In light of the recent passing of long-time Wahkon mayor Sandy Reichel, the city council took on the task of orderly realigning the city governing body during the opening minutes of the monthly council meeting on March 9.
In attendance were acting mayor Ronda Bjornson along with council members Tony Button (via Skype from Florida) and Kim Tyson.
First on the agenda was the reading of a letter of resignation submitted by Reichel on Jan. 31, 2020, followed by submission to the minutes a letter from the White House signed by President Donald Trump with words of thanks to Mayor Reichel praising her for all she has done for her community and encouragement for the mayor in her battle with her terminal illness.
The council then passed three consecutive resolutions: first, declaring a mayoral vacancy; second, a resolution appointing a new mayor; and third, a resolution declaring a council vacancy.
By unanimous vote, the council appointed Bjornson as the new city mayor, and the council plans on acting to appoint a new council member at their April meeting hoping to, by then, accumulate a slate of candidates for the open position.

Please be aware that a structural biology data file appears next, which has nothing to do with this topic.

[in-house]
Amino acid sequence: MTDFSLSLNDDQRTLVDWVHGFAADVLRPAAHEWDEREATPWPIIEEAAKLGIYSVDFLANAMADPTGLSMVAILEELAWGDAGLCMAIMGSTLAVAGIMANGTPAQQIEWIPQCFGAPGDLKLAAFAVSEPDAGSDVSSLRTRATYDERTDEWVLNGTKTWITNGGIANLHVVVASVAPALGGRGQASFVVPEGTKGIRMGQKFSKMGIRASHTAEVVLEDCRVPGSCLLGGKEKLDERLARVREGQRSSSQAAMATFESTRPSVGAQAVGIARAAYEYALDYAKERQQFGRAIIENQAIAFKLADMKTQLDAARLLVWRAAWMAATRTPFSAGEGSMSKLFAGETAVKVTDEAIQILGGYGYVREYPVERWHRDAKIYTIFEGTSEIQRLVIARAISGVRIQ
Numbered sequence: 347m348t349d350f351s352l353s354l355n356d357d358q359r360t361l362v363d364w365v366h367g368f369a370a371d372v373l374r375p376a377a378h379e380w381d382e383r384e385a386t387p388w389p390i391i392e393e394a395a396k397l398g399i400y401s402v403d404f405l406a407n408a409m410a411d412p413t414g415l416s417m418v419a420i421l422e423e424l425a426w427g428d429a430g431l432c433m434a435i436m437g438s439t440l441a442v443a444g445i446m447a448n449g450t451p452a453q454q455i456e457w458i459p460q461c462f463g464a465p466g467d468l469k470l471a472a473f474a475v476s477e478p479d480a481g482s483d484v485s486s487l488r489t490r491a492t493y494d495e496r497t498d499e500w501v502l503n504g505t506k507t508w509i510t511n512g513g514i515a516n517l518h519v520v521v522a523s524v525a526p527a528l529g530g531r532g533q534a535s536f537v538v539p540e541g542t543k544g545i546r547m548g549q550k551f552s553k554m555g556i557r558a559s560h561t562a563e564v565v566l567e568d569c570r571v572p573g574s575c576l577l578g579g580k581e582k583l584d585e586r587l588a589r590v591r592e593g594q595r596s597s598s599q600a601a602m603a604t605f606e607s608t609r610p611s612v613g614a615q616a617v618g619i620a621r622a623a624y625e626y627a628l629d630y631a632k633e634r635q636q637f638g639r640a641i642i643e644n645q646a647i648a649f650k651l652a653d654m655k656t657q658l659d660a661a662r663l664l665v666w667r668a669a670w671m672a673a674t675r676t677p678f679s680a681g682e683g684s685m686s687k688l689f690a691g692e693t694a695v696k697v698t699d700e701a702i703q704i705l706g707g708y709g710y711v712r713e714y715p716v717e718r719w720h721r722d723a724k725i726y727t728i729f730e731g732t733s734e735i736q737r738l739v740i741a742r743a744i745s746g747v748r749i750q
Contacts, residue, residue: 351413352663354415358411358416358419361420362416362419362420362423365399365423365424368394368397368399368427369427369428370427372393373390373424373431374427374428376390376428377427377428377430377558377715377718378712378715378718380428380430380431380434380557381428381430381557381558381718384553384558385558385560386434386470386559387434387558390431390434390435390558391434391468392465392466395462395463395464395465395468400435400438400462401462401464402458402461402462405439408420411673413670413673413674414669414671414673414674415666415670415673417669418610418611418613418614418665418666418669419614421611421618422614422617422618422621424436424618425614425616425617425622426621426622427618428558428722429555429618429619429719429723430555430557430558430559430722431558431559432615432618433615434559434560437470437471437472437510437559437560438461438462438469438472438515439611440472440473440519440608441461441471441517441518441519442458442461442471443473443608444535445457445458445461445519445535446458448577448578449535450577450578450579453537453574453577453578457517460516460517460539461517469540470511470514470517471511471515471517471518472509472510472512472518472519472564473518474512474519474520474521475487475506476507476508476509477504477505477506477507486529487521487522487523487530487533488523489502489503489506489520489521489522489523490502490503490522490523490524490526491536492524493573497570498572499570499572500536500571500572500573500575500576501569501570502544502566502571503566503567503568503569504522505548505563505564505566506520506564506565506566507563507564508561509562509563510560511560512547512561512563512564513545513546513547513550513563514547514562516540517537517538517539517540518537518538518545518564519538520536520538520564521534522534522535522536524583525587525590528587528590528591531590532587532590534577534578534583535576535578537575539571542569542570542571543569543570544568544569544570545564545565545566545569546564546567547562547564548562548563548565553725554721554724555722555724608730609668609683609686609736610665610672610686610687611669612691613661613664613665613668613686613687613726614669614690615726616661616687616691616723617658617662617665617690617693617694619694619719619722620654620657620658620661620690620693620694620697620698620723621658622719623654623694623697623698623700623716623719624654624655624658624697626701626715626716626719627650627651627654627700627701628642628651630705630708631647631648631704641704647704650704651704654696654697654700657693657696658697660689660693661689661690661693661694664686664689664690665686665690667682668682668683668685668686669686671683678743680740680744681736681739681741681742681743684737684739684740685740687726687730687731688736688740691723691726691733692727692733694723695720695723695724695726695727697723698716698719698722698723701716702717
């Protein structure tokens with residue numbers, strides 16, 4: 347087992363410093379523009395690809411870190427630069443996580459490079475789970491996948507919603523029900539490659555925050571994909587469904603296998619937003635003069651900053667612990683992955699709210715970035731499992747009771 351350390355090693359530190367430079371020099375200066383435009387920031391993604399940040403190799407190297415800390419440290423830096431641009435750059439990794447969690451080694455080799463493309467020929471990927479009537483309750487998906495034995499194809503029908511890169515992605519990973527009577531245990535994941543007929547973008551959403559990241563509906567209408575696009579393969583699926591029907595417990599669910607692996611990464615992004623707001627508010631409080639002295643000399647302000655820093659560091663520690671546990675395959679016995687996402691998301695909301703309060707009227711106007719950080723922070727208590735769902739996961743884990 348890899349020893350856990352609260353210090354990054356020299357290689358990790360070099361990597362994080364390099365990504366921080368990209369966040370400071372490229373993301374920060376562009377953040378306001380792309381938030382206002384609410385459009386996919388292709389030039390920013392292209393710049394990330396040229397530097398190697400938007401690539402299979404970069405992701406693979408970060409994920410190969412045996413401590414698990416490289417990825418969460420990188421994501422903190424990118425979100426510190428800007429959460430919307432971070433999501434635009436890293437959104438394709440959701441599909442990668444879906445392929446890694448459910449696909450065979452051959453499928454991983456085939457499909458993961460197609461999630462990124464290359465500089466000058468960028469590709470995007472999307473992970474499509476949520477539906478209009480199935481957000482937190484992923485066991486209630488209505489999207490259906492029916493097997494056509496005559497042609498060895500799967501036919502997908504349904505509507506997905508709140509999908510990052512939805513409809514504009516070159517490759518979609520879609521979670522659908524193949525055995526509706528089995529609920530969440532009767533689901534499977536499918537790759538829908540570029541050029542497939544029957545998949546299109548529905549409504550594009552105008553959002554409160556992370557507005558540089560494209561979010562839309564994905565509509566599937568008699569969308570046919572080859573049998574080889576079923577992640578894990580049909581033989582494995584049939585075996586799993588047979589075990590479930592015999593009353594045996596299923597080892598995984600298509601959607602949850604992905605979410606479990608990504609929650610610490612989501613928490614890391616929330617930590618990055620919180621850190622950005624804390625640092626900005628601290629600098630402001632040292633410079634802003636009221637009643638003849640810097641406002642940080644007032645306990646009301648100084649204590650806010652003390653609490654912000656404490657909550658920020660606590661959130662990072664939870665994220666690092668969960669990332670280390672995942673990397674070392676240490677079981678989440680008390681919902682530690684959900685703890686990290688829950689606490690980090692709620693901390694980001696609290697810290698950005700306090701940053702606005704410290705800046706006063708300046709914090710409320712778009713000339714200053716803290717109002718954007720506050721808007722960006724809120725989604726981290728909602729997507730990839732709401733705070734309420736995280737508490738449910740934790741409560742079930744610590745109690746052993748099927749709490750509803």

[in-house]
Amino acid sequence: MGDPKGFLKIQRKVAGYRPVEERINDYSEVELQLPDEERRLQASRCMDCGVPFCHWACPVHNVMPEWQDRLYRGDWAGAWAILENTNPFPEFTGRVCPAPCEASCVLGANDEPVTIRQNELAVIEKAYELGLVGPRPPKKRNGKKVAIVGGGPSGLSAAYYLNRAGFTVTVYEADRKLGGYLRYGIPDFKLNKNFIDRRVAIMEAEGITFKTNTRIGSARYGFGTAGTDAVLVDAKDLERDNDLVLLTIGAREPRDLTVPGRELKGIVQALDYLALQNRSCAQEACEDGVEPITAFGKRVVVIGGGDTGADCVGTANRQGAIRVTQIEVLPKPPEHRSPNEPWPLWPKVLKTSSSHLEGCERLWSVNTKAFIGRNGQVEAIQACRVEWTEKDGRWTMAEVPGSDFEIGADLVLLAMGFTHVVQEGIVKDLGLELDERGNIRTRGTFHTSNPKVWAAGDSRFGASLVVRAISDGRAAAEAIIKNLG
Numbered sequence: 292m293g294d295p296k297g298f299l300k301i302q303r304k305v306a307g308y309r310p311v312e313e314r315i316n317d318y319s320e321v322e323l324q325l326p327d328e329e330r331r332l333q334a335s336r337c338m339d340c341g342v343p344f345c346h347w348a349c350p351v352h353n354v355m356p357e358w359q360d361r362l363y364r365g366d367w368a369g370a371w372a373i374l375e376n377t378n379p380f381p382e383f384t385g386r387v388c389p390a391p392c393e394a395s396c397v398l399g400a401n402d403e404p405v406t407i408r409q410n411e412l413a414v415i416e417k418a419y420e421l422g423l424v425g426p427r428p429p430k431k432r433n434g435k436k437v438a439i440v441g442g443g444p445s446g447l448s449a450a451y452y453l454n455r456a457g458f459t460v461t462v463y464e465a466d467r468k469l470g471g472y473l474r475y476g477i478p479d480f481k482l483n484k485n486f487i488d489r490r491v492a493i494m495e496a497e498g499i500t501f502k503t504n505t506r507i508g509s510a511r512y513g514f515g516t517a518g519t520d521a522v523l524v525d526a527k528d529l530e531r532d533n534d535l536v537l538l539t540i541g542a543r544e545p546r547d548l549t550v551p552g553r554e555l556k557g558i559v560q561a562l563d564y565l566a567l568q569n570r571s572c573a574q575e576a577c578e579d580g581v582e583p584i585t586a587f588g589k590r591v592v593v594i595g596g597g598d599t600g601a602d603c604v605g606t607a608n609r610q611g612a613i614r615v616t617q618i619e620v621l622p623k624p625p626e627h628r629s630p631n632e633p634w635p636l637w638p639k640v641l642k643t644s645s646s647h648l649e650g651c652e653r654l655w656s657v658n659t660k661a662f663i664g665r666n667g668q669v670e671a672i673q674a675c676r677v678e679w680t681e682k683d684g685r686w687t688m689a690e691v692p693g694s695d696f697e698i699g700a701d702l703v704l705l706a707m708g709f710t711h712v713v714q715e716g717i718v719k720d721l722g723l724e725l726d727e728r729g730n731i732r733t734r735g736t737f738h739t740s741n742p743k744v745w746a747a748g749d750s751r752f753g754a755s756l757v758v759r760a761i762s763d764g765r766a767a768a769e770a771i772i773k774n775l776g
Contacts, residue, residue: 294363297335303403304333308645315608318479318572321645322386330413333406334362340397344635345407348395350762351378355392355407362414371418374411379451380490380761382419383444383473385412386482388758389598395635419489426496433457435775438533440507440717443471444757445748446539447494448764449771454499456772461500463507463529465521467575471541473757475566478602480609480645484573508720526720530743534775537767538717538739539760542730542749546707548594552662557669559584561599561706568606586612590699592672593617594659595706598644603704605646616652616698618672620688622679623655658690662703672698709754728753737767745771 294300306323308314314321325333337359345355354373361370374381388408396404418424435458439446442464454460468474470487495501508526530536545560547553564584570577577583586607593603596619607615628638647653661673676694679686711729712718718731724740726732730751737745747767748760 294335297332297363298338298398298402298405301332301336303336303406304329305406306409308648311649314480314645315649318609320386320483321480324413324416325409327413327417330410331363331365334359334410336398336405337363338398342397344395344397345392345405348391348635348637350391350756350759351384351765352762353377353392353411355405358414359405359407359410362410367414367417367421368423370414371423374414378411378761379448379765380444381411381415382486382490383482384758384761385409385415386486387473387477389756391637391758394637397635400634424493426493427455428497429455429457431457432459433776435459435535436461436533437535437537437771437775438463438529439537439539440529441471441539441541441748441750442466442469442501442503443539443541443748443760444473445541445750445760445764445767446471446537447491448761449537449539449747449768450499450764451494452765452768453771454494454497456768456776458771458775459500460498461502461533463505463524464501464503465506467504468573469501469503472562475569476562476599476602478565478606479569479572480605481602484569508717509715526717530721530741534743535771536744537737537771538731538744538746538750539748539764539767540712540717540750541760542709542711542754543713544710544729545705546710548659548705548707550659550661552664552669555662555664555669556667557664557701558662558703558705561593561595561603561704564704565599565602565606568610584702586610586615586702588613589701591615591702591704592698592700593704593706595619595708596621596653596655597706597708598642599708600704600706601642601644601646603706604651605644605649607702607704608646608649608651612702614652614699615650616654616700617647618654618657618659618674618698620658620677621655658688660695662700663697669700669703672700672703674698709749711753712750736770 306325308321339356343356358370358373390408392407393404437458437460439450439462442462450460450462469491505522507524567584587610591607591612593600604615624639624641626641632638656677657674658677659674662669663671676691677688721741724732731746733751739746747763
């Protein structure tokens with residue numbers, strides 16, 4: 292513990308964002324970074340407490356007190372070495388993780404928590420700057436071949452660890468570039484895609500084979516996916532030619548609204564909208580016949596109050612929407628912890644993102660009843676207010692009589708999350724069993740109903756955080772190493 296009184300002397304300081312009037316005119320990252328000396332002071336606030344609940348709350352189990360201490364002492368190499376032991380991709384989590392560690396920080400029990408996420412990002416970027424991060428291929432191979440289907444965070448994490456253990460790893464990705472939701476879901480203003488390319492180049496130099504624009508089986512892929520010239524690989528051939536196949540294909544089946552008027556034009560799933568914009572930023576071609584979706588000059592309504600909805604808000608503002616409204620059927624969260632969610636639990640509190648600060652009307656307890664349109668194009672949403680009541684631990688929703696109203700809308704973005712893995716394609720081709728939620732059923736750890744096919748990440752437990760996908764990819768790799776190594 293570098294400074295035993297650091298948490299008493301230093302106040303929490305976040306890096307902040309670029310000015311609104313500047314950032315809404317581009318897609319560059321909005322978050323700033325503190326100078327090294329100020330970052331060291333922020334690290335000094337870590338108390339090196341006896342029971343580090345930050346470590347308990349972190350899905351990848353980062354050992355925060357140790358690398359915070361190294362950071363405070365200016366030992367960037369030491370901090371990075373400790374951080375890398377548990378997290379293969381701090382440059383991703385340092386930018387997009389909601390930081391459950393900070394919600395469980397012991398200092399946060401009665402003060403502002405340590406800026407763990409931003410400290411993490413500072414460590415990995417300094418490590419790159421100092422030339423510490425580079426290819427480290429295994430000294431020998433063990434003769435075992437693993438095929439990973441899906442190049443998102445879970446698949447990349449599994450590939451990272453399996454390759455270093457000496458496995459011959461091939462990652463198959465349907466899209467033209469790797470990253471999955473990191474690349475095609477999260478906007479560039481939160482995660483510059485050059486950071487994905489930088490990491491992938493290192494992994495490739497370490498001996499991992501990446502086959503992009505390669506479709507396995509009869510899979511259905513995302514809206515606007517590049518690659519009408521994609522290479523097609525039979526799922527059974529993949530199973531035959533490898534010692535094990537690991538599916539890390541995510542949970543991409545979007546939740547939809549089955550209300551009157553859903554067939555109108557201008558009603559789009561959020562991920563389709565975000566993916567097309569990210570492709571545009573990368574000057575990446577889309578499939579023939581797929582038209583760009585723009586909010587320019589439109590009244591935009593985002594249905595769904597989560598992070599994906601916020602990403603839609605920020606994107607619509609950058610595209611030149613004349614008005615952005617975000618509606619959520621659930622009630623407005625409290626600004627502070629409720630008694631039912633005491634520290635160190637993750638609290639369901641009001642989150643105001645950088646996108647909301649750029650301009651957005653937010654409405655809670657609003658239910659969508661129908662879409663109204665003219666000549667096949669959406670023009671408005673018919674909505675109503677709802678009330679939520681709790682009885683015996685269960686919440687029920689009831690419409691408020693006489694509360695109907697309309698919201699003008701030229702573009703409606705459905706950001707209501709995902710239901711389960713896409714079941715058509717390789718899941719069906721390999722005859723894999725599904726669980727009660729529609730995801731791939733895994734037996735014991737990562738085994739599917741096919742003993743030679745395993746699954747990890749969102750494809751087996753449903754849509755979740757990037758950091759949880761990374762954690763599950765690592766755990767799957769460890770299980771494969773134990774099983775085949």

In other business, the council agreed to a compromise with Meshigun Point Properties developer Chip Frederickson with regard to when the city ought to initiate charging for water services to each of the 12 town home units Frederickson plans to open.
Frederickson said he is not asking the council to be retroactive in any way with charges the city has already levied on two of his units but requested that in the future, charges for city utility services be initiated at the date of the sale of any units.
The council agreed to Frederickson’s request with one caveat: that this agreement would be good only until a new city ordinance would go into effect in the future.
The council again acknowledged a letter from a local group who is asking the DNR to preserve the Wahkon Bog when they consider recreational development in and around this parcel of land that runs near the city limits.
Rounding out the meeting was the monthly report from city maintenance foreman Chris Weinrich who, among other items, reported dealing with a mink that somehow got stuck in a city sewer line and other spots along the sewer service that were starting to be impacted by debris from the melting winter snow and ice.